Pablo Picasso’s “Femmes lisant (Deux personnages),” painted in 1934 depicting his lover, Marie-Thérèse Walter, reading with her sister, led the Impressionist & Modern Art Evening Sale held at Sotheby’s on May 3, achieving $21,362,500.
NEW YORK – Pablo Picasso’s “Femmes lisant (Deux personnages)”—a striking portrayal of the artist’s beloved mistress during the 1930s—was the top lot in a sale of Impressionist & Modern Art Evening Sale held at Sotheby’s on May 3, achieving $21,362,500.
Overall, the auction achieved $170,478,000, within the overall pre-sale estimate ($158.9/229.7 million), and a total of 37 works realized $1 million or more. Auction records were established for the Surrealist artist Paul Delvaux and for a sculpture by Paul Gauguin.
“This evening’s sale saw solid bidding activity from around the world, both in the room and on the phones,” said Simon Shaw, head of Sotheby’s Impressionist & Modern Art Department in New York. “Pablo Picasso was our dominant artist tonight. Another high point of the night was the Jawlensky, a prime work by the artist and the finest we have seen since we achieved the world record in 2008.”
“What unified the top-selling lots in tonight’s sale was great visual presence and vibrant color,” said David Norman, co-chairman of Sotheby’s Impressionist & Modern Art Department Worldwide. “As always, fair and conservative estimates really whet the appetite and increase bidding. The results demonstrate demand across all of the different categories represented. Surrealism did wonderfully, as we saw with the record-breaking price achieved by the Delvaux, and the strong prices brought for both Dalí and Magritte. Impressionist works held up well, with the Monet selling for nearly $6.3 million–twice the price it brought in 2004. Sculpture also performed well, as did the spectacular Expressionist artist (Alexej von) Jawlensky.”
Eight of the 10 Picasso paintings found new homes. “Femmes lisant (Deux personnages),” which was sold to a private collector, was painted in 1934 and depicts his lover, Marie-Thérèse Walter, reading with her sister. The canvas is among the most monumental of the iconic series of pictures depicting the young woman, and was last on the market in 1981.
Picasso’s “Femme,” from a small series of Surrealist works known as the “Bone” pictures, achieved $7,922,500 after a heated competition between bidders.
Three paintings by Picasso from the collection of Dodie Rosekrans also highlighted the group: the monumental “Couple à la guitar” from 1970, brought $9,602,500; “Femme,” from a small series of Surrealist works known as the “Bone” pictures, achieved $7,922,500 after a heated competition, exceeding its pre-sale high estimate of $5 million; and “Fillette aux nattes et au chapeau vert,” a tender depiction of the artist’s daughter Paloma, also exceeded its high estimate in selling for $5,906,500. In total, works from the Rosekrans Collection brought $23,431,500, just shy of their collective pre-sale high estimate.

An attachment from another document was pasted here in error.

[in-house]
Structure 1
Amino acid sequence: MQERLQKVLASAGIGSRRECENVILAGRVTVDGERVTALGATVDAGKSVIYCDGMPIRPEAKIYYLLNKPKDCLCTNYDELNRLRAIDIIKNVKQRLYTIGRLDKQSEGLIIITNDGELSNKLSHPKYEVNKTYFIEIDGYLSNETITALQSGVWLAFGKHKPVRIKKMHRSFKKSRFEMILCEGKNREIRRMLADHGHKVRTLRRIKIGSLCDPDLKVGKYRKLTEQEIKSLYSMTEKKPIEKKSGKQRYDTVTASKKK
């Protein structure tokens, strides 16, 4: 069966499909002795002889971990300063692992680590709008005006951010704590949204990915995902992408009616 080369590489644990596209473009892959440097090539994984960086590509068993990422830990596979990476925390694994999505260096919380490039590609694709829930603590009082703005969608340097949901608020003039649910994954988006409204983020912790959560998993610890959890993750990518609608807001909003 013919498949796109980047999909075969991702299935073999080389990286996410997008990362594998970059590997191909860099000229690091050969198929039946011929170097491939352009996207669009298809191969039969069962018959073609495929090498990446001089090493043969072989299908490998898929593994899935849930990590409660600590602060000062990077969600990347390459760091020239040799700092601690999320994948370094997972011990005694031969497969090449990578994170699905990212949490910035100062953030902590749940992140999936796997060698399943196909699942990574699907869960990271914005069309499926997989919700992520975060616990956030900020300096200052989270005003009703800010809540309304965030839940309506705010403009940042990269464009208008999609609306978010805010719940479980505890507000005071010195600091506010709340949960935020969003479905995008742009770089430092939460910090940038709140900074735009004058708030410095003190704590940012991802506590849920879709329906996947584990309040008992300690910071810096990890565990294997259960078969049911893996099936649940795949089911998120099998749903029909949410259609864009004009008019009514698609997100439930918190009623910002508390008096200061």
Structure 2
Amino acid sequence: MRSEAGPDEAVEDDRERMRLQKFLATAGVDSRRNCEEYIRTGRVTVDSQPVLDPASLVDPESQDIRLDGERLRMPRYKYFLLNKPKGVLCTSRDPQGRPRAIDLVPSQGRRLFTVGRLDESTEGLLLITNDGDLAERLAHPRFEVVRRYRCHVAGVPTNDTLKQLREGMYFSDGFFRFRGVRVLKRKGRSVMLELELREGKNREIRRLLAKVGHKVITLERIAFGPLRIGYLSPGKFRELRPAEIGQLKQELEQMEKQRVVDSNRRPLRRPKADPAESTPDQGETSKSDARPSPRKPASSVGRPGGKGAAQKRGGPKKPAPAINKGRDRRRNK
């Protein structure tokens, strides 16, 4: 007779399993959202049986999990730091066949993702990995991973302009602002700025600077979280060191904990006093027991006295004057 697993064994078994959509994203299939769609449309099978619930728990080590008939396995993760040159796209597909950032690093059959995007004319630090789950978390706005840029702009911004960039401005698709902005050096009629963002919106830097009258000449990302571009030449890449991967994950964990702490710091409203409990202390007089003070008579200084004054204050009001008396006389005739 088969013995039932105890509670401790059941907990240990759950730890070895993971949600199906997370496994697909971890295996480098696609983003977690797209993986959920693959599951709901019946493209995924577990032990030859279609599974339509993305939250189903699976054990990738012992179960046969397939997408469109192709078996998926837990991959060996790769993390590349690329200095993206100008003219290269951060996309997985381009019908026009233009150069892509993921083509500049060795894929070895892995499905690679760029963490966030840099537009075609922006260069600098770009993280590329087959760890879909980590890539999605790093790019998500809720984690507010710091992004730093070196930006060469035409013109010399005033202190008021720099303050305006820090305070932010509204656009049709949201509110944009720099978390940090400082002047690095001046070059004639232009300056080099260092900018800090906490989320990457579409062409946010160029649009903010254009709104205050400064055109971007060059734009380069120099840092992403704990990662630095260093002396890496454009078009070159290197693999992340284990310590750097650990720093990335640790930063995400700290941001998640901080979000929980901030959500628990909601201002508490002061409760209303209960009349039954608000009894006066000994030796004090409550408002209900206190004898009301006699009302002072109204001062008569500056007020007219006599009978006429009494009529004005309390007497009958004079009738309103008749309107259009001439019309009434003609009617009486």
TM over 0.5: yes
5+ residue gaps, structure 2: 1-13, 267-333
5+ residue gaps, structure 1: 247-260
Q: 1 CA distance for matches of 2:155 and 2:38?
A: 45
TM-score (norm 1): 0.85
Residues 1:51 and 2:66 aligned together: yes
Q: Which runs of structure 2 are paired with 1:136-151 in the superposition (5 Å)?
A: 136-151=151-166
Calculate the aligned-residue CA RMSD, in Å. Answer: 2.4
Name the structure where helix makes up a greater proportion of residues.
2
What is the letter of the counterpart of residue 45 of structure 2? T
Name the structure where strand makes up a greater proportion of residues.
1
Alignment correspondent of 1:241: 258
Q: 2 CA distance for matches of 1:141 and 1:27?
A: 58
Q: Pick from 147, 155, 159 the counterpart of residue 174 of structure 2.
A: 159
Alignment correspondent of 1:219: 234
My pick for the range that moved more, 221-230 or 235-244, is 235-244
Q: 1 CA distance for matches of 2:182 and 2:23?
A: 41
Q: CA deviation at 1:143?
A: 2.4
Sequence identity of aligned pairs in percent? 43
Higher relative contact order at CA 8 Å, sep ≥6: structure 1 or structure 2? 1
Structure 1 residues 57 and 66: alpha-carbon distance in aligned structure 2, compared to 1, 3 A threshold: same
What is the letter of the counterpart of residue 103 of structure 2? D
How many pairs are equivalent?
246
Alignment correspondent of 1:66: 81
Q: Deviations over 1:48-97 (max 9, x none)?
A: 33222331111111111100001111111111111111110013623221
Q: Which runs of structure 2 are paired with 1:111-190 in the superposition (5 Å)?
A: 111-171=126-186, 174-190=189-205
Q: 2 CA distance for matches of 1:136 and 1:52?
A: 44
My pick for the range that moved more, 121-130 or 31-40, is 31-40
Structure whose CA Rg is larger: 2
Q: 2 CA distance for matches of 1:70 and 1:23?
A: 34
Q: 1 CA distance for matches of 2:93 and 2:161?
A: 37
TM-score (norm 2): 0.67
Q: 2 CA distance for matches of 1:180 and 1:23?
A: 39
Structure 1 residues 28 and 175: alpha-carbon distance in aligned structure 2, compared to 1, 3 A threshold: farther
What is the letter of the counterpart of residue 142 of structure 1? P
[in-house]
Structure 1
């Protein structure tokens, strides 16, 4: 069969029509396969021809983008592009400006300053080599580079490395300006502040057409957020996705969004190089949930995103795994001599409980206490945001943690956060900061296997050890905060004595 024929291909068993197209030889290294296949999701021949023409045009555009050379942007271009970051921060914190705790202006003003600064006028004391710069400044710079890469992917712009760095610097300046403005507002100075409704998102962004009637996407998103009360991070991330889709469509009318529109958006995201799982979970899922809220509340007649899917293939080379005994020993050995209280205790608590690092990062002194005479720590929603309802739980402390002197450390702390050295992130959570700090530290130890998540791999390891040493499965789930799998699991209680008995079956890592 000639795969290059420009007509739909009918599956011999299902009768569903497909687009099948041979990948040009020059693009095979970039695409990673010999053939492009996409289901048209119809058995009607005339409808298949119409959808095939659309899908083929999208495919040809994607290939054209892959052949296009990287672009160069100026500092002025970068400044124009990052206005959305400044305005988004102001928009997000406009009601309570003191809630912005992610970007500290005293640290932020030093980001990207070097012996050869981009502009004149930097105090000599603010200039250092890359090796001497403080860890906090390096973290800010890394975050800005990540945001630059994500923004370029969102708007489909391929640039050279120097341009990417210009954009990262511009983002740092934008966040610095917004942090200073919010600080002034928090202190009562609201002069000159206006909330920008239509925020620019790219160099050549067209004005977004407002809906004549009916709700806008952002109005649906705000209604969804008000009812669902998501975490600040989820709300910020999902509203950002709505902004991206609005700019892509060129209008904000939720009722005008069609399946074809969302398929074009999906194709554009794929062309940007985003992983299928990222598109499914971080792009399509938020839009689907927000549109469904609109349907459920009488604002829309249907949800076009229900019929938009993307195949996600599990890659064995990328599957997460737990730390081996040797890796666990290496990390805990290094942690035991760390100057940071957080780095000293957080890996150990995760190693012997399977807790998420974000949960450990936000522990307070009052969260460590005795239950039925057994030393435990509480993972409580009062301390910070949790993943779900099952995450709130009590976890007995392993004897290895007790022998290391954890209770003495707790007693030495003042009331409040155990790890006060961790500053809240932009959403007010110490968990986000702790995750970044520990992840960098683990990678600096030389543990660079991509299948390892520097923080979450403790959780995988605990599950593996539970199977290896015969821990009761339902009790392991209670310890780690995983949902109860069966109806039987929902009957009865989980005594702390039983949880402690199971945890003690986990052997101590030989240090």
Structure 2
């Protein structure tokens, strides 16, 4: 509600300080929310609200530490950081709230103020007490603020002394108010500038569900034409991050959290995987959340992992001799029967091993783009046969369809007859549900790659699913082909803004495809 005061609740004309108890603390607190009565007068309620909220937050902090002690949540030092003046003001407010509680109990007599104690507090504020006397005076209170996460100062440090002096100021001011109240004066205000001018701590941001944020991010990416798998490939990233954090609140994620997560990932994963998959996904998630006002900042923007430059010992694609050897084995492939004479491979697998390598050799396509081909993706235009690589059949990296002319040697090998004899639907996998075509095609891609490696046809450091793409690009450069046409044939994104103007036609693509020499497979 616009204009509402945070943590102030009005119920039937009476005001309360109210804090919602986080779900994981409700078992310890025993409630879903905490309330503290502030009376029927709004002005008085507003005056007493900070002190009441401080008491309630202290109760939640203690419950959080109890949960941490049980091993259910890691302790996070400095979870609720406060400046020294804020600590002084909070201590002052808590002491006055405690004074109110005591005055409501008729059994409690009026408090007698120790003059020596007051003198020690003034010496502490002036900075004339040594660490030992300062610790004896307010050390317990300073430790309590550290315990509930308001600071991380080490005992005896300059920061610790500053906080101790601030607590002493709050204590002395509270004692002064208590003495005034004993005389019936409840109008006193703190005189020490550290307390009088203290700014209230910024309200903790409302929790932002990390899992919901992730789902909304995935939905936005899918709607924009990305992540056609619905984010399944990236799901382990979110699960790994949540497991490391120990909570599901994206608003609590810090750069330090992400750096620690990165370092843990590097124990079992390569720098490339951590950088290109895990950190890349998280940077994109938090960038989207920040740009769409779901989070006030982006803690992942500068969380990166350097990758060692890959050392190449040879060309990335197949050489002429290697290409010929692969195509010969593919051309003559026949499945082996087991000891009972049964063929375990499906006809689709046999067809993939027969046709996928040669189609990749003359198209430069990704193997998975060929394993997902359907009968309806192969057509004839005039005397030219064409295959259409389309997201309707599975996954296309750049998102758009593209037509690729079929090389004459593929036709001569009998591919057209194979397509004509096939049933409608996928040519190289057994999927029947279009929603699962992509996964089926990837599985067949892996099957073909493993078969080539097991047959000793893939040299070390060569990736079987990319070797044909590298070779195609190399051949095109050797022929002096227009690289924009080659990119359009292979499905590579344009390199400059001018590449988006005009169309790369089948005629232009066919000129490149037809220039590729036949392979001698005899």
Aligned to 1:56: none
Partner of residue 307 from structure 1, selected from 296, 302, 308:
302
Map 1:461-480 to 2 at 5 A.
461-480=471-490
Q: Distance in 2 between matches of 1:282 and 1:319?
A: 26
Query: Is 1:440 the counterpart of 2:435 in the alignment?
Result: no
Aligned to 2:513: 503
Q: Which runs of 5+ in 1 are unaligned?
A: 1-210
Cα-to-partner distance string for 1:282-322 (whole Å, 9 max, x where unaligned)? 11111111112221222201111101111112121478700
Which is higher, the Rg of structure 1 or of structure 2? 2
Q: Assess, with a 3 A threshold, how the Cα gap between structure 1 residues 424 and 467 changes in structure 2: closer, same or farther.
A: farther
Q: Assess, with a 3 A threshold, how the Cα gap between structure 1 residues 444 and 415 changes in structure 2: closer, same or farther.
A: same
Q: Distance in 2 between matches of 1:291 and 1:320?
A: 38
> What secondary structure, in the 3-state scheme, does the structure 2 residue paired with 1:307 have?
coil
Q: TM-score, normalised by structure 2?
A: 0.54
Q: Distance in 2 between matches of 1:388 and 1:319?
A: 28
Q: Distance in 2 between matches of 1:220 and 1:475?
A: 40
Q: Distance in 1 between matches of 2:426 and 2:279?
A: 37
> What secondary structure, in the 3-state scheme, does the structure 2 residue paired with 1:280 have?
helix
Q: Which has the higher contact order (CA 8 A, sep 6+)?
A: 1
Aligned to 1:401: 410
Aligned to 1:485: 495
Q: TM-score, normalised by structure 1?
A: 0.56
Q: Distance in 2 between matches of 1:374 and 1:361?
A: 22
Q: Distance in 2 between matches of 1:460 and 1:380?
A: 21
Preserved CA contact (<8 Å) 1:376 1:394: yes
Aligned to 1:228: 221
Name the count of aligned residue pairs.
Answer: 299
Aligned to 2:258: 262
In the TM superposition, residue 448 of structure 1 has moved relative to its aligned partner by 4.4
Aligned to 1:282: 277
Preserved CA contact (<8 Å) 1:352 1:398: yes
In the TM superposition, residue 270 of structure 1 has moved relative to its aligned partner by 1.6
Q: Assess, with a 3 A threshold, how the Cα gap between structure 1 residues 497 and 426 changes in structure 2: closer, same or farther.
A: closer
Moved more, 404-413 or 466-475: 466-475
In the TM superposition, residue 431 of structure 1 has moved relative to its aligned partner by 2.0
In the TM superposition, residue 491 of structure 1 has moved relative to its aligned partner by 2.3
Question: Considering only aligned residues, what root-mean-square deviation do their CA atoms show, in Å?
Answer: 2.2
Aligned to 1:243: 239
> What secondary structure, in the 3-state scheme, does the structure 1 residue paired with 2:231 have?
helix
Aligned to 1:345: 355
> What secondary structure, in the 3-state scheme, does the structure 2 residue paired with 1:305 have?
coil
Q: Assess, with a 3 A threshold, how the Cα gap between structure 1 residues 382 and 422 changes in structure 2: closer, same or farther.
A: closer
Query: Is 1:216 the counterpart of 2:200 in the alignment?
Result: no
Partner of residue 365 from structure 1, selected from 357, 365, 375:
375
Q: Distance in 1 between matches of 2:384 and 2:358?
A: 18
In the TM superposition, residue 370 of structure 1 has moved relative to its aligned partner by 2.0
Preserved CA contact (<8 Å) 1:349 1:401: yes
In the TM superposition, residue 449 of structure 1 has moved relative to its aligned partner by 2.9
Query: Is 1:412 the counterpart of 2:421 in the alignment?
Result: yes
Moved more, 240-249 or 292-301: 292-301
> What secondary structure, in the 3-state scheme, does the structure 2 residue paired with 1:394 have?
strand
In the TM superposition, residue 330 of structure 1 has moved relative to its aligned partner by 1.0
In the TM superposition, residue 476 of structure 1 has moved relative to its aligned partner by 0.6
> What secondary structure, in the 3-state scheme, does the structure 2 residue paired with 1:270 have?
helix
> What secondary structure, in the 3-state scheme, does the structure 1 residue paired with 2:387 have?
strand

Another standout of the sale was Paul Gauguin’s “Jeune tahitienne.” The exquisite wood carving set a new record for a sculpture by the artist when it sold for $11,282,500, also marking the eighth-highest price for any work by the artist at auction. “Jeune tahitienne” was carved during Gauguin’s first trip to Tahiti between 1890 and 1893, and is the only fully-worked bust portrait the artist is known to have created. In 1894, Gauguin presented the sculpture to Jeanne Fournier, the 10-year-old daughter of critic and collector Jean Dolent, having promised to bring her a gift from the tropics. In addition, competition was fierce for Alberto Giacometti’s “Femme debout.” More than seven bidders vied for the bronze before it sold to client on the phone for $7,362,500, more than double the high estimate of $3 million.
Jawlensky’s “Frau mit grünem Fächer (Woman with a green fan)” achieved $11,282,500, just under its high estimate of $12 million. This price is the second-highest for a work by Jawlensky, and Sotheby’s now holds the top three prices for the artist at auction. Pulsating with vibrant color and rich, painterly detail, the extraordinary work exemplifies the artist’s talents as a key figure in the Expressionist movement.
Following the success of Salvador Dalí’s “Portrait de Paul Éluard,” which set a record for any Surrealist work at auction when it sold for $21.7 million at Sotheby’s London in February of this year, tonight’s sale in New York saw strong prices for several Surrealist works. Paul Delvaux’s spectacular “Les Cariatides,” from 1946 and ranks among the most celebrated and widely-known compositions of his career, set a new auction record for the artist when a prolonged bidding war drove its price to $9,042,500 (est. $5-$7 million). René Magritte’s “Quand l’heure sonnera” brought $5,962,500, while six bidders clamored for Salvador Dalí’s extraordinary portrait of Helena Rubinstein. Consigned by the Helena Rubenstein Foundation, the work brought $2,658,500, well in excess of its $1.5-million high estimate.
Several Impressionist works in the sale also performed strongly: Claude Monet’s “La Seine à Argenteuil” from 1877 achieved $6,242,500; Édouard Manet’s handsome “Portrait de Monsieur Brun,” which has remained in Brun’s family since it was painted in 1880, brought $5,402,500; and Camille Pissarro’s “L’Hermitage en été, Pontoise” sold for $4,282,500.
For more information about this auction, visit the Sotheby’s web site.
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